Will Congress Use Trump’s Racist Rhetoric to Create Second Class Americans?

8 Dec 2015 | Author: | No comments yet »

Republicans ready to join Obama in tightening visa-free travel.

A woman pushes a baby stroller past the boarded-up townhouse rented by San Bernardino shooting rampage suspects Syed Farook and his wife, Tashfeen Malik, Saturday, Dec. 5, 2015, in Redlands, Calif. (Jae C.

WASHINGTON — President Obama’s Oval Office speech on containing terrorism was panned by Republicans, but they’re ready to join him in a bipartisan effort to clamp down on visa-free travel.WASHINGTON — When President Obama on Sunday blamed a special visa travel program for allowing one of the San Bernardino terrorists into the country, a chill swept through the American travel industry. On Tuesday, the GOP-led House is expected to pass a bill that would make it harder to travel to the United States without a visa from some countries, a program used by some 20 million international travelers each year. If the program was somehow connected to the attack in California, anxious lawmakers — racing to respond to rising terrorism fears — would reflexively pare it back significantly or end it altogether, costing the travel industry dearly. That raised the prospect that Malik’s anti-American sentiments could have surfaced before U.S. officials evaluated whether she should be allowed to move here.

The Visa Waiver Program remains under intense scrutiny as Congress and the administration scramble for ways to plug perceived security vulnerabilities and reassure nervous Americans. Of more than 9.9 million visas issued in fiscal 2014, just 35,925 — roughly 0.3 percent — were fiancé visas, according to State Department figures. A bipartisan group of senators has proposed a more stringent alternative that would put new fingerprint requirements in place, requirements some travel and security experts fear may be redundant and difficult to carry out.

A couple must prove they have physically seen each other within the past two years, unless meeting in person would violate “strict and long-established customs” or cause an “extreme hardship.” “This visa has been totally under the radar,” said Marc Rosenblum, deputy director of the U.S. Immigration Policy Program at the Migration Policy Center. “The issue of marriage fraud has definitely gotten a lot of attention, just not as a security vulnerability.” Applicants are subject to a vetting process that includes at least one in-person interview, fingerprints, checks against U.S. terrorist watch lists and reviews of family members, travel history and places where a person has lived and worked. But checks for information about an applicant against entries in intelligence databases and criminal records can be hampered if the underlying information is incomplete. While the line to walk was difficult, the path was clear and well worn: take steps to limit the damage. “We are realistic about the urgency to act after a major event when members are hellbent to show they are on the case,” said Jonathan Grella, a former top House aide who is now the executive vice president of public affairs at U.S. Foreigners applying from countries recognized as home to Islamic extremists, such as Pakistan, undergo additional scrutiny before the State Department and Homeland Security Department approve permission for a visa.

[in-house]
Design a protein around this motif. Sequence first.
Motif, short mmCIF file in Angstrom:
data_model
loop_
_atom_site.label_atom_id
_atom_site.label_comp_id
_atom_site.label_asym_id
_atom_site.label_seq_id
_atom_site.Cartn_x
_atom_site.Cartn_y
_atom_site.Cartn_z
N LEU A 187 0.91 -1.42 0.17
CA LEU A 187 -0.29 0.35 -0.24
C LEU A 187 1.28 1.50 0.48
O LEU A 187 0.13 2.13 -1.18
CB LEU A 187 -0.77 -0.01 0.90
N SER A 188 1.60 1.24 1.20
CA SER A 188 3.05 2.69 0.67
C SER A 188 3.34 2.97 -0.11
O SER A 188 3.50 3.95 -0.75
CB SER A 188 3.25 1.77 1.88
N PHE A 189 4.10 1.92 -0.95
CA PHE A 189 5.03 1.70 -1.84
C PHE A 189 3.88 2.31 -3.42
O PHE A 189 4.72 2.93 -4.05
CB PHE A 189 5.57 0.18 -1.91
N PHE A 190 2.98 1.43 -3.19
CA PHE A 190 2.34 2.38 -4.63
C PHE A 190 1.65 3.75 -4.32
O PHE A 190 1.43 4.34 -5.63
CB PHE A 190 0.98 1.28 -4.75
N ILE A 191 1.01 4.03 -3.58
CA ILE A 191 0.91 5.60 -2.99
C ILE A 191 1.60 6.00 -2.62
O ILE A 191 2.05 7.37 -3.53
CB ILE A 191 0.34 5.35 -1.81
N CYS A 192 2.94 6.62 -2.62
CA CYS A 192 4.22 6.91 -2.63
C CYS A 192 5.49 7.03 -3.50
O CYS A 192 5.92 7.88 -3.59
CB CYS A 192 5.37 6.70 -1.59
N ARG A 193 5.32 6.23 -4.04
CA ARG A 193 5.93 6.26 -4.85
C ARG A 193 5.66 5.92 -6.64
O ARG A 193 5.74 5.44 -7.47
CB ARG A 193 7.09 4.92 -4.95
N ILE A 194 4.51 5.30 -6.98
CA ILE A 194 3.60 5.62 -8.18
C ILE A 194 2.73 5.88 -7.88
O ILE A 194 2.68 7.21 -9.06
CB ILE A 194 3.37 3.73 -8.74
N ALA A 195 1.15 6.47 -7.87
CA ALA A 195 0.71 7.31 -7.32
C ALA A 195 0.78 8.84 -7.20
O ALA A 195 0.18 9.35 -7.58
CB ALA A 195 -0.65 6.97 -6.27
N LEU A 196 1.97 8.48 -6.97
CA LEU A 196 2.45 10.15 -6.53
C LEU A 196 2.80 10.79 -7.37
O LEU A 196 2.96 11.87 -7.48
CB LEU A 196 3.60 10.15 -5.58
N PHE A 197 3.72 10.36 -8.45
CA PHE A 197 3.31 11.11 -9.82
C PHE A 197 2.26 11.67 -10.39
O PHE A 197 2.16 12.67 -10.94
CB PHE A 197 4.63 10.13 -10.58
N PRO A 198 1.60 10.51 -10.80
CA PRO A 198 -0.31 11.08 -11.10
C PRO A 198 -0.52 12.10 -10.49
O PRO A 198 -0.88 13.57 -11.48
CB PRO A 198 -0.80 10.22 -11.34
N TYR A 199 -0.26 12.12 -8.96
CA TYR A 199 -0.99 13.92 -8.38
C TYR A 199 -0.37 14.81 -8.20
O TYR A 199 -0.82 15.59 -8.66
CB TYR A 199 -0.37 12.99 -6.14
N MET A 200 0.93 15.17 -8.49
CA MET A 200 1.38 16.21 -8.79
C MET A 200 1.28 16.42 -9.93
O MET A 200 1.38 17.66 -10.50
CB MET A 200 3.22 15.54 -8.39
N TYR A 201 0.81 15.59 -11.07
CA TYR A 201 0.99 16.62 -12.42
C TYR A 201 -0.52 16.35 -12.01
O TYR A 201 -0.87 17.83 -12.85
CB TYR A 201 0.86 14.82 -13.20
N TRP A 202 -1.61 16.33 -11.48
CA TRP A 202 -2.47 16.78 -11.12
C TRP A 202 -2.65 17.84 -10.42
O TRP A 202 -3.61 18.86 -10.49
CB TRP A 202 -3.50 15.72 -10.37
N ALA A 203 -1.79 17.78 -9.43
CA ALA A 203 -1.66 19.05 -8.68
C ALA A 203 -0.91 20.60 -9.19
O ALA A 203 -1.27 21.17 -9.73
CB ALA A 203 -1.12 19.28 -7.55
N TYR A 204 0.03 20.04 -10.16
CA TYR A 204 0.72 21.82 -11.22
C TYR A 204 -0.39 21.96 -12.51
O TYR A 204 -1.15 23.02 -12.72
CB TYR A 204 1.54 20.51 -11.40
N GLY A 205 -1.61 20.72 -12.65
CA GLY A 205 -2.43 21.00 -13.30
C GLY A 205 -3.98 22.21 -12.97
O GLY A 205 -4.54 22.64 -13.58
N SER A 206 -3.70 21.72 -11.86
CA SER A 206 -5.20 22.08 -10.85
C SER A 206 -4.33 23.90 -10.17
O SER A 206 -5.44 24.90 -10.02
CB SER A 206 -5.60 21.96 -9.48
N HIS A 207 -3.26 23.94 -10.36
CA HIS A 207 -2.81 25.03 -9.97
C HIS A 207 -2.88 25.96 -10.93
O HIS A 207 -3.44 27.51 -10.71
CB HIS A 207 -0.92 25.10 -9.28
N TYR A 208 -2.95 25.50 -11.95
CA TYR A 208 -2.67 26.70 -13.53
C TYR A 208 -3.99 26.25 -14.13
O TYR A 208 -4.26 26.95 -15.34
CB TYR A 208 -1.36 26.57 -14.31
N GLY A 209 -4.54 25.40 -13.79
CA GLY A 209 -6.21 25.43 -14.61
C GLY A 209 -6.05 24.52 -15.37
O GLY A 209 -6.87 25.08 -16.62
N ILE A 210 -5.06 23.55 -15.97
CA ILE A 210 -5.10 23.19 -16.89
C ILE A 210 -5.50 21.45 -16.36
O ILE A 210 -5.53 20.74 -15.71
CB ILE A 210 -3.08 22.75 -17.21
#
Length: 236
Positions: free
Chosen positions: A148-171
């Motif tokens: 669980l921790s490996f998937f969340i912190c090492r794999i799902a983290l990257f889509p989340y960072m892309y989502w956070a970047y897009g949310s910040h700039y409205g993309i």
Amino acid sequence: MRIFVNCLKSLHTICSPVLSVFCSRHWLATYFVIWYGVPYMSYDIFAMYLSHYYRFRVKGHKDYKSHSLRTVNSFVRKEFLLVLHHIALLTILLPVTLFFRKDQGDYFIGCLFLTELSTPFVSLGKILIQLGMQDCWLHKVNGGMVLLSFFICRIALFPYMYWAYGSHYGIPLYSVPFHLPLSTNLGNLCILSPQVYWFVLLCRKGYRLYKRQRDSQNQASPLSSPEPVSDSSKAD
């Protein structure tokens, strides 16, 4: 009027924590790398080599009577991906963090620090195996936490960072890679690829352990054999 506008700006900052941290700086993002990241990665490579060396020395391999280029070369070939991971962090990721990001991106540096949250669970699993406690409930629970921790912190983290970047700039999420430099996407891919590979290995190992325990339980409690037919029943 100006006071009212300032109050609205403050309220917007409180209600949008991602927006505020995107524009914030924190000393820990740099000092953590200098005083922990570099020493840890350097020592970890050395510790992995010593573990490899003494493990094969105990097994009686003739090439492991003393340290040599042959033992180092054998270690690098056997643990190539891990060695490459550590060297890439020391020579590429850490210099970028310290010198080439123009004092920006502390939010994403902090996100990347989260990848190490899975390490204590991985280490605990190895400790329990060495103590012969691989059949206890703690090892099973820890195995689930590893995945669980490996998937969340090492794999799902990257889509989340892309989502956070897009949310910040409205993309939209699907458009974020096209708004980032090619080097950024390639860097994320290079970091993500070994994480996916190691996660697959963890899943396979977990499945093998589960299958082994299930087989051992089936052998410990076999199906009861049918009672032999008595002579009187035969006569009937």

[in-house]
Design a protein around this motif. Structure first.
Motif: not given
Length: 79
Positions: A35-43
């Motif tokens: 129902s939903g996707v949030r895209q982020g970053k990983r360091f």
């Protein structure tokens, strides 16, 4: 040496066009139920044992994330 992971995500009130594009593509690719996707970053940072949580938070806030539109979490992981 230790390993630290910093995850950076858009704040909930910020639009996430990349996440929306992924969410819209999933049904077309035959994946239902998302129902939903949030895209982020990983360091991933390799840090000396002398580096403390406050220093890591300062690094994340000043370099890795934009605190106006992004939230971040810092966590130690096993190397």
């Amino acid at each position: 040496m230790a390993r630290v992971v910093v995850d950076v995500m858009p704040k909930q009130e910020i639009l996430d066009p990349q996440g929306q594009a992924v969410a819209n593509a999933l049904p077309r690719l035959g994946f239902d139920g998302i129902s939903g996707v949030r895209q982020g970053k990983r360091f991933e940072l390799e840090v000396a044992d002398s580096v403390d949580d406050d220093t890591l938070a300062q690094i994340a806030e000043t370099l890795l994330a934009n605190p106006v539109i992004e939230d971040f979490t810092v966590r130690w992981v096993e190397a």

Travel. “We are not going to be the association or the industry that says, ‘Don’t touch our program.’ It was always going to have to be evaluated when the stakes are as high as they are.” As refugees from Syria and Iraq became the focus of political attention after the Nov. 13 attacks in Paris, Democrats and the White House were eager to shift attention away from them. Malik had been living in Pakistan and visiting family in Saudi Arabia before she passed the background check and entered the U.S. in July 2014 with Syed Farook, a U.S. citizen whose family was originally from Pakistan. While willing to accept changes, travel industry officials marshaled their forces, which include former executive branch officials who developed the program and now defend it. Association members from around the nation in an industry that includes hotels, theme parks, airports and restaurants sought to educate lawmakers on the waiver program, which requires all visitors to provide biographical information for security screening before they are allowed entry. Malik pledged allegiance to the Islamic State group and its leader under an alias account on Facebook just moments before she and Farook opened fire on a holiday banquet for his co-workers.

The travel association backs the House measure, which beefs up the program by requiring all visitors from participating countries to have fraud-resistant passports and requires countries to check travelers against Interpol databases and perform other checks. Representative Kevin McCarthy, Republican of California and majority leader, said the aim is to “protect the United States” but also allow those who want to visit to do so. How the House plan will be reconciled with the Senate approach is not yet clear, though officials said Monday that there was a growing sense that the Senate would accept the House version.

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